Letting Go

Letting Go by Len Buchanan

Letting Go by Len Buchanan

University of Life  – Letting Go Course Description

Letting go means to un-attach, release, relinquish.

Who, what, when, where, why and how should we let go of? Anything—person, place, or thing; be it physical, mental, or emotional—that inhibits the unfolding of something positive, uplifting, constructive, and healing.

In letting go we lose illusion. In letting go we gain freedom.

In releasing our self from futile efforts, we reclaim energy we’ve been pouring into something that no longer serves us well. Two of the most difficult things for me to let go of are control and expectations. Perhaps you have something too.

Below is an excerpt from my book, Note to Self: A Seven-Step Path to Gratitude and Growth. It’s a true story about letting go; about how Susan Wisehart, author of Soul Visioning: Clear the Past, Create Your Future, used holographic time to take me forward in time to see my future self. I was somewhere in my very late eighties or early nineties, and I was referred to as Granny B.

One of the things that clinical hypnotherapists learn in our training is past-life regression. When it’s done accurately and well, it’s very interesting. But just like anything that you get a lot of (chocolate cake, pizza, ice cream), it can become monotonous or boring after a while. So when Susan Wisehart invited me to move forward in time, that really piqued my curiosity.

My husband, son, and I went to the Infinity Foundation in Highland Park, Illinois, where we were part of a group of about sixteen people. After the first part of the day, we returned from lunch to find that our chairs had been replaced with yoga-style mats, which we each lay on.

Susan started talking in a voice, tone, and rhythm that are common in hypnotherapy and guided imagery. I was thinking, Oh, brother, what’s new about this?

I can’t tell you the who, what, when, where, why, or how of it—I don’t have those answers—but I found my current self in a tropical location. It was as if all of my molecules and atoms came together—reassembled themselves—in that geographic location.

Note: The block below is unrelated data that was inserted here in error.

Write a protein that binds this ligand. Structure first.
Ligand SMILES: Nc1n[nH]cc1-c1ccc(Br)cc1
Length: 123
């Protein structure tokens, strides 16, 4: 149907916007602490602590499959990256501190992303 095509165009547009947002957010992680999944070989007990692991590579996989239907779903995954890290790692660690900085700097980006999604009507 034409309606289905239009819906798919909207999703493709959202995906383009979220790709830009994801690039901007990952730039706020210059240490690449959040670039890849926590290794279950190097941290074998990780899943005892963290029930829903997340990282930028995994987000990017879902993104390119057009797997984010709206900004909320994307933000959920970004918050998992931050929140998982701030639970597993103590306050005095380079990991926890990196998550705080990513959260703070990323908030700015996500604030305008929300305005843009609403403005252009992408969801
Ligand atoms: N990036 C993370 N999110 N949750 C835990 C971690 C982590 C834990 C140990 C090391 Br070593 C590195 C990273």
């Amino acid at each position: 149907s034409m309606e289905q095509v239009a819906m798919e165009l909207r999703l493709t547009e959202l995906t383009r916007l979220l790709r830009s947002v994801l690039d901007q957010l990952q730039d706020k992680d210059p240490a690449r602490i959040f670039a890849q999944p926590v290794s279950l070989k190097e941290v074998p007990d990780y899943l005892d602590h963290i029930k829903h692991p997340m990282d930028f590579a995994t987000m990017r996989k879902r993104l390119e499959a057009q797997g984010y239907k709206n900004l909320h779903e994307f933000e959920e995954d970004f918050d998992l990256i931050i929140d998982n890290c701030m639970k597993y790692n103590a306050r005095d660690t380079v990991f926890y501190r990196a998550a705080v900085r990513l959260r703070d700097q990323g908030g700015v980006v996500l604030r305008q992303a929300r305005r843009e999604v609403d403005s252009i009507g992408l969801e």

Looking around, I saw, in the near distance, my future self. She turned around and looked my current self square in the eyes.

I felt compelled to walk forward, hands extended. She took them in hers. And for some reason, I had the feeling that the clock was ticking very fast, that I was about to run to of time with her.

I looked into her eyes and said, “Please tell me what I need to do to get here.”

With a smile and a twinkle in her eye, she said, “Let go.”

It was at that point that I started wondering about my husband. And though I didn’t voice any questions, she answered me with her mind. Turning to my left, in the distance I saw Len sitting on the end of a dock wearing a baseball cap, fishing pole in hands, feet dangling over the water. He was obviously content. Somehow I “knew” that his back being to us meant he was dead. But I also “knew” that everything was okay. He was quite well on the other side.

Just then, a tall, slender young woman with shoulder-length brown hair came up with a tray of sweating glasses of water and said, “Grant B., would you like something to drink?”

Just like I “knew” about Len, I “knew” that she was my granddaughter. I would guess that she was somewhere in her late twenties or early thirties. In current time, my son was not even married.

I looked back into the smiling eyes of my future self, who was still holding my hands. She conveyed the message “let go” one more time (nonverbally), and I dissolved (for lack of a better description), and then everything came back together again. I was physically reassembled back at the Infinity Foundation in Highland Park.

To this day, I’m not exactly sure what it is that I’m supposed to let go of. I’m confident my future self wasn’t specific on purpose, because now every time I hit a bump in the road, my current self simply remembers her words.